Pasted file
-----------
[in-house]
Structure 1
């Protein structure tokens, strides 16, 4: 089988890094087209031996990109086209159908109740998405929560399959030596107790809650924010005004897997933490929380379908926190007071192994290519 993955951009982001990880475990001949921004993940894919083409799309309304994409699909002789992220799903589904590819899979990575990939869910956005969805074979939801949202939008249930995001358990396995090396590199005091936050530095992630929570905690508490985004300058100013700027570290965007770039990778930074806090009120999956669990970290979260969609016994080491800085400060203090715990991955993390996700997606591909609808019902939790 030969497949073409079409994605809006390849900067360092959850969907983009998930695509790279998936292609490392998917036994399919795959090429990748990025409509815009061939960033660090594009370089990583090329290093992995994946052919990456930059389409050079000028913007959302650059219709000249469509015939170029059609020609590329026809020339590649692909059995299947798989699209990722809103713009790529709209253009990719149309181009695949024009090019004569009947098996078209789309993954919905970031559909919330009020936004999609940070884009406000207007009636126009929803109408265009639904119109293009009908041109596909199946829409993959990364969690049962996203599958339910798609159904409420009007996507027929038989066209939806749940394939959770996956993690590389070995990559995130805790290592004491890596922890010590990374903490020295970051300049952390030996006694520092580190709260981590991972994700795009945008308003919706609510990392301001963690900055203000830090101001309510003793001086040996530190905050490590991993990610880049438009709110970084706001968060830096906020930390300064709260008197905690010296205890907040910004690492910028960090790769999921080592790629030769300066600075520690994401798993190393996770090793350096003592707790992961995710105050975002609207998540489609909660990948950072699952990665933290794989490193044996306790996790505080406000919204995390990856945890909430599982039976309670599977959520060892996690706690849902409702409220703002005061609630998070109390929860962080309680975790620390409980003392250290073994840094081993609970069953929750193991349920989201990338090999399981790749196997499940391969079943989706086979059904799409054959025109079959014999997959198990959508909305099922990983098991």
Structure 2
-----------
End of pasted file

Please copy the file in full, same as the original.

[in-house]
Structure 1
């Protein structure tokens, strides 16, 4: 089988890094087209031996990109086209159908109740998405929560399959030596107790809650924010005004897997933490929380379908926190007071192994290519 993955951009982001990880475990001949921004993940894919083409799309309304994409699909002789992220799903589904590819899979990575990939869910956005969805074979939801949202939008249930995001358990396995090396590199005091936050530095992630929570905690508490985004300058100013700027570290965007770039990778930074806090009120999956669990970290979260969609016994080491800085400060203090715990991955993390996700997606591909609808019902939790 030969497949073409079409994605809006390849900067360092959850969907983009998930695509790279998936292609490392998917036994399919795959090429990748990025409509815009061939960033660090594009370089990583090329290093992995994946052919990456930059389409050079000028913007959302650059219709000249469509015939170029059609020609590329026809020339590649692909059995299947798989699209990722809103713009790529709209253009990719149309181009695949024009090019004569009947098996078209789309993954919905970031559909919330009020936004999609940070884009406000207007009636126009929803109408265009639904119109293009009908041109596909199946829409993959990364969690049962996203599958339910798609159904409420009007996507027929038989066209939806749940394939959770996956993690590389070995990559995130805790290592004491890596922890010590990374903490020295970051300049952390030996006694520092580190709260981590991972994700795009945008308003919706609510990392301001963690900055203000830090101001309510003793001086040996530190905050490590991993990610880049438009709110970084706001968060830096906020930390300064709260008197905690010296205890907040910004690492910028960090790769999921080592790629030769300066600075520690994401798993190393996770090793350096003592707790992961995710105050975002609207998540489609909660990948950072699952990665933290794989490193044996306790996790505080406000919204995390990856945890909430599982039976309670599977959520060892996690706690849902409702409220703002005061609630998070109390929860962080309680975790620390409980003392250290073994840094081993609970069953929750193991349920989201990338090999399981790749196997499940391969079943989706086979059904799409054959025109079959014999997959198990959508909305099922990983098991």
Structure 2